We can find oppression in everything if we look for it hard enough. Progressives of all countries could put that sentence on a banner and march with it through the streets of every big city. Now, these progressives — the ones looking for some form of discrimination in everything in order to work up a justification to ban it — have found a new victim: a necktie.
Don’t laugh either. Although it seems like a big joke, there is truly nothing to laugh about.
From these social justice crusaders, we have learned that the tie is not only an outdated and still-lasting symbol of abominable male chauvinism that humiliates and insults women but also a reminder of the supremacy of the White race and colonial oppression.
Hats off to the tie for being such a small article of clothing being capable of so much.
The media bastion of neo-Marxism and liberalism — the British daily The Guardian — reported on this new discovery. The author of the text, which we could call a progressive pamphlet, is none other than the vice-chancellor of the College of Creative Arts at Massey University in New Zealand, Claire Robinson.
The story begins in New Zealand, where Speaker Trevor Mallard expelled Rawiri Waititi, the leader of the Maori party, representing the country’s indigenous people, was expelled from a parliamentary meeting simply because he did not have a tie on. According to the rules of procedure, male members can only ask a question if they have a tie. The MP responded to this reprimand by saying that the tie is a “colonial noose”, a symbol of the suppression of indigenous culture and identity.
Robinson agreed with this view and immediately added that the tie is one of the most politically significant parts of clothing, a phallic white tool because it insidiously directs the gaze of women to a man’s crotch. Besides, it is said to be a 500-year-old symbol that aimed to emphasize the size of the penis of European nobles.
“If there was ever a year to change New Zealand’s anachronistic parliamentary dress code, it should be 2021, when the new parliament is the most diverse and inclusive ever, including 48 percent women, 11 percent of LGBTQs, 21 percent Maori, 8 percent Pacific islanders and 7 percent Asian New Zealand Members. White male MPs, the demographic group most likely to wear a necktie, are now a minority,” Robinson wrote.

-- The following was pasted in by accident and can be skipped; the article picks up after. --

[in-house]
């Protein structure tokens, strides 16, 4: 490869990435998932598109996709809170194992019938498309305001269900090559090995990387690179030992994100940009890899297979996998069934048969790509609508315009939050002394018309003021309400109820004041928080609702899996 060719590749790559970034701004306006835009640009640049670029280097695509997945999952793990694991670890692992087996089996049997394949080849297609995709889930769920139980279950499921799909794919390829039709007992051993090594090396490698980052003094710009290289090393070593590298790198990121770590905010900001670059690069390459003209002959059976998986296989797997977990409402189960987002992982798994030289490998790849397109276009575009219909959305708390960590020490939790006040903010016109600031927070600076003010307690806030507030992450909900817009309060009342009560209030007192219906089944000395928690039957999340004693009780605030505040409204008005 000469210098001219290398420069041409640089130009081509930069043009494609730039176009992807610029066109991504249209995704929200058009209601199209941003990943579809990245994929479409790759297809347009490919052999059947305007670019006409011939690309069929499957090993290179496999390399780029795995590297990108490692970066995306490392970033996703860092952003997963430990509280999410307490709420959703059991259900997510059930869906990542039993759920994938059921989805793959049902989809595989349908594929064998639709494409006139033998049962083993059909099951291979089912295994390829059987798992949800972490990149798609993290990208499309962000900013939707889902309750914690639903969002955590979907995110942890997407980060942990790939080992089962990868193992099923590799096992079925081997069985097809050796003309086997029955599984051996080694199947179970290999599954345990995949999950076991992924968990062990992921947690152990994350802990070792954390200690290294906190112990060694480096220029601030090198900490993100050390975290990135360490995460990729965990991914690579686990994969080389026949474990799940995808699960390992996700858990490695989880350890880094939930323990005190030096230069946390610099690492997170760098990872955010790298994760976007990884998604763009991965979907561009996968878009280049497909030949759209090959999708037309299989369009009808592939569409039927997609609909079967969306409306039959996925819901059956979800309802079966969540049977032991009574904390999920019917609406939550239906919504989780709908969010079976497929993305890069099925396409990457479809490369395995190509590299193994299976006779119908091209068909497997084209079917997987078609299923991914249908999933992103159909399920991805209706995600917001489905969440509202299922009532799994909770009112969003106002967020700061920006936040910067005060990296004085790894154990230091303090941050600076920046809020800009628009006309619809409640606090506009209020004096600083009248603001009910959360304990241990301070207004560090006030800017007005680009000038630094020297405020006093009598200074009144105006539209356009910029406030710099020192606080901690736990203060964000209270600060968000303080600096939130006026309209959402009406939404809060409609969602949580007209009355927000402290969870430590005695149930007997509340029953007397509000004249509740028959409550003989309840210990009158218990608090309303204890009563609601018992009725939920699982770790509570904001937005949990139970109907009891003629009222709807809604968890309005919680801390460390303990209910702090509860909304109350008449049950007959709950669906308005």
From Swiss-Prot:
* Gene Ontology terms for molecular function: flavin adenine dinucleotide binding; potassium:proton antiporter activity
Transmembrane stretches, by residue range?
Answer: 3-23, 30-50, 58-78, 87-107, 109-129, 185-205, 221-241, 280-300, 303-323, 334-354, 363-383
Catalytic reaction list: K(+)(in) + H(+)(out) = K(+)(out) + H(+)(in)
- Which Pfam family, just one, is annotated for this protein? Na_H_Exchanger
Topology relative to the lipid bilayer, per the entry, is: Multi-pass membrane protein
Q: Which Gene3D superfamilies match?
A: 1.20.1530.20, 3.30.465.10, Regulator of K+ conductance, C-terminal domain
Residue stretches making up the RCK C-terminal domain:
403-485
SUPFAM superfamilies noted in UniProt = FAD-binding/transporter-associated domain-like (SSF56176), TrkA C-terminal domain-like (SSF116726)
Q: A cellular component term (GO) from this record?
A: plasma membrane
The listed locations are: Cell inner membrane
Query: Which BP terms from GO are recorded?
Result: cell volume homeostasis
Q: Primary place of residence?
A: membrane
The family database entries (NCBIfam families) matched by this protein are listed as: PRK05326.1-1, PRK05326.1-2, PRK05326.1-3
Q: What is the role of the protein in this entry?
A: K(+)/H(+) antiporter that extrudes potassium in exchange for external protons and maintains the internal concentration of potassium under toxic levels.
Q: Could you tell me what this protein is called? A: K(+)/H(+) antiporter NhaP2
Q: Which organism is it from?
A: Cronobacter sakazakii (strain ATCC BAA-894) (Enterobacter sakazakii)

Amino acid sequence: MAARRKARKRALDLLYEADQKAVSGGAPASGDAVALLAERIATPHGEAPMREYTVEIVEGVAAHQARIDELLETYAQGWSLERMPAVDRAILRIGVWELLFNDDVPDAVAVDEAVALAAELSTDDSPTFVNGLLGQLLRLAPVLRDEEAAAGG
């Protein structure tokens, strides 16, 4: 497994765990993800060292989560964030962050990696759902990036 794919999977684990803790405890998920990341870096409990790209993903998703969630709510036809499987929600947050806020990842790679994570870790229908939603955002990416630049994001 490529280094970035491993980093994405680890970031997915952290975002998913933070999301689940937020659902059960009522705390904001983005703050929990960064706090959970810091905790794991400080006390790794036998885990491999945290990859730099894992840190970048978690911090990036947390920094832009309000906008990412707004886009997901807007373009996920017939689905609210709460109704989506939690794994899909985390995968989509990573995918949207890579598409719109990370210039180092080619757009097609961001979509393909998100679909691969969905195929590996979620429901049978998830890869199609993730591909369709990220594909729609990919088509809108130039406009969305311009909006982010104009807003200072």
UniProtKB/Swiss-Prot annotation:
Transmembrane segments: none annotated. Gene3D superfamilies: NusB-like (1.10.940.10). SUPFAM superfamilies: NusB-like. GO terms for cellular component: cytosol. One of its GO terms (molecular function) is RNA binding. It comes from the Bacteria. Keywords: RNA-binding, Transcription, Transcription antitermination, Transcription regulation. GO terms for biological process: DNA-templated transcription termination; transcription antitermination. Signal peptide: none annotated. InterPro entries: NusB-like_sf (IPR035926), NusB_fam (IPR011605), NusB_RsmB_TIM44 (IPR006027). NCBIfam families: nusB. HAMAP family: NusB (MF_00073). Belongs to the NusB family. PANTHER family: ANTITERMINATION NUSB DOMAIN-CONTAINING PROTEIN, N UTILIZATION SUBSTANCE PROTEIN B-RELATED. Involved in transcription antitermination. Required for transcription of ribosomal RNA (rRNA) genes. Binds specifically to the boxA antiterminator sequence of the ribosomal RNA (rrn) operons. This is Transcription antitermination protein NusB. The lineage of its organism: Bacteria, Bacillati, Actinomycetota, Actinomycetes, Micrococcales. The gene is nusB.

“Forms of clothing and body adornment allow people the ability to project how they see themselves and their place in the world. 2021 should be a time when our democracy is enabling, not preventing, members of parliament with other world views, genders, and values to express their respect and their political ideals and values through other non-Western, non-male forms of clothing, attire, and decoration. If neckties are to be worn in the New Zealand’s parliamentary debating chamber, they should be optional,” suggested Professor Robinson.
Before all the White men open their closets and throw their ties into the trash with a heavy heart, it would be helpful to think about some of the questions that may arise after reading Professor Robinson’s fantastic analysis. For example, what should men who wear bow ties do?
I don’t even want to know what wearing a bowtie could mean if it is true that the neck tie symbolizes the size of a penis. I do not mean only suffragettes and flight attendants of some airlines, because bowties were also worn by famous symbols of female beauty such as actress Marlene Dietrich or singer Madonna.
Shall we start retouching the bowties from their photos the same way it has been done for some time with the cigarette Humphrey Bogart held in Casablanca? There can be many questions.
What is the lesson from this case? From now on, we have to be very careful about what we wear, because at any moment a progressive activist with an unstable mind can appear to explain to us what this or that part of our clothing symbolizes and to rebuke us for insulting and humiliating someone.
The poor tie! We may have never expected it, but the progressive madness of the liberals caught up with it. That is why we should express our deepest possible solidarity and say: Je suis tie!